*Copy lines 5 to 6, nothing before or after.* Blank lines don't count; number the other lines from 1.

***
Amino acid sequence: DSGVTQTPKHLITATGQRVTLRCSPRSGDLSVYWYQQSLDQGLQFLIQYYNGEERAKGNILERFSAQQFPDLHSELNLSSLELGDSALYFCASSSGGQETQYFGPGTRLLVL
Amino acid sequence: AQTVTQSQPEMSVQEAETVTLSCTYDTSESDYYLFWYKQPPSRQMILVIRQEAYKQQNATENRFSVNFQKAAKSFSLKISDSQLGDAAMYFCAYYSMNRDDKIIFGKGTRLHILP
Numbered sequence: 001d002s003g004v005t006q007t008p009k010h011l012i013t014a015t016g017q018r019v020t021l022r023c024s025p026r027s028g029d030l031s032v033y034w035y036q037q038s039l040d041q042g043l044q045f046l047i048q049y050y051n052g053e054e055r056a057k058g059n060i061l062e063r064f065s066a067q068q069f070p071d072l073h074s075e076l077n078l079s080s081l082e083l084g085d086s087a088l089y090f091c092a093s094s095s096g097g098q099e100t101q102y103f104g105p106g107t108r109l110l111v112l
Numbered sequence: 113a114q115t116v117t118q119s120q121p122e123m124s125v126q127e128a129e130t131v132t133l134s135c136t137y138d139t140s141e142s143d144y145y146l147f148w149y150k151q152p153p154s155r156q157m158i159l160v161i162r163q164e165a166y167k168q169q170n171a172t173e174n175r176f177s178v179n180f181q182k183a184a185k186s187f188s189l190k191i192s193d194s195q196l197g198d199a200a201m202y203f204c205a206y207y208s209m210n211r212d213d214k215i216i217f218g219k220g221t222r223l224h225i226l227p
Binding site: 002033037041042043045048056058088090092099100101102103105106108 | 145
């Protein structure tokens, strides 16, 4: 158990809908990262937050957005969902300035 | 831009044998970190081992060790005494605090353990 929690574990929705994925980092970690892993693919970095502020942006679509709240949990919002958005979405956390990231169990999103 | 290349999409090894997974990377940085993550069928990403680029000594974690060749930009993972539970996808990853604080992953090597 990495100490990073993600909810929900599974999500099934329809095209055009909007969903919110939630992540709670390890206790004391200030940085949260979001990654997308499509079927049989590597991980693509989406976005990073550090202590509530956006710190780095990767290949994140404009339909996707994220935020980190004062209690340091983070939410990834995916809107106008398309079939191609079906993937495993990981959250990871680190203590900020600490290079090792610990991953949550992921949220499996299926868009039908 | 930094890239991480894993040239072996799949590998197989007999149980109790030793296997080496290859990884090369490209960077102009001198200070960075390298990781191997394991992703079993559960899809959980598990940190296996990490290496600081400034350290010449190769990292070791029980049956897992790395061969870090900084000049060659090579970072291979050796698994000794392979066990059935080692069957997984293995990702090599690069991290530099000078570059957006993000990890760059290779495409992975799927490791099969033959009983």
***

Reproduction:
Binding site: 002033037041042043045048056058088090092099100101102103105106108 | 145
């Protein structure tokens, strides 16, 4: 158990809908990262937050957005969902300035 | 831009044998970190081992060790005494605090353990 929690574990929705994925980092970690892993693919970095502020942006679509709240949990919002958005979405956390990231169990999103 | 290349999409090894997974990377940085993550069928990403680029000594974690060749930009993972539970996808990853604080992953090597 990495100490990073993600909810929900599974999500099934329809095209055009909007969903919110939630992540709670390890206790004391200030940085949260979001990654997308499509079927049989590597991980693509989406976005990073550090202590509530956006710190780095990767290949994140404009339909996707994220935020980190004062209690340091983070939410990834995916809107106008398309079939191609079906993937495993990981959250990871680190203590900020600490290079090792610990991953949550992921949220499996299926868009039908 | 930094890239991480894993040239072996799949590998197989007999149980109790030793296997080496290859990884090369490209960077102009001198200070960075390298990781191997394991992703079993559960899809959980598990940190296996990490290496600081400034350290010449190769990292070791029980049956897992790395061969870090900084000049060659090579970072291979050796698994000794392979066990059935080692069957997984293995990702090599690069991290530099000078570059957006993000990890760059290779495409992975799927490791099969033959009983």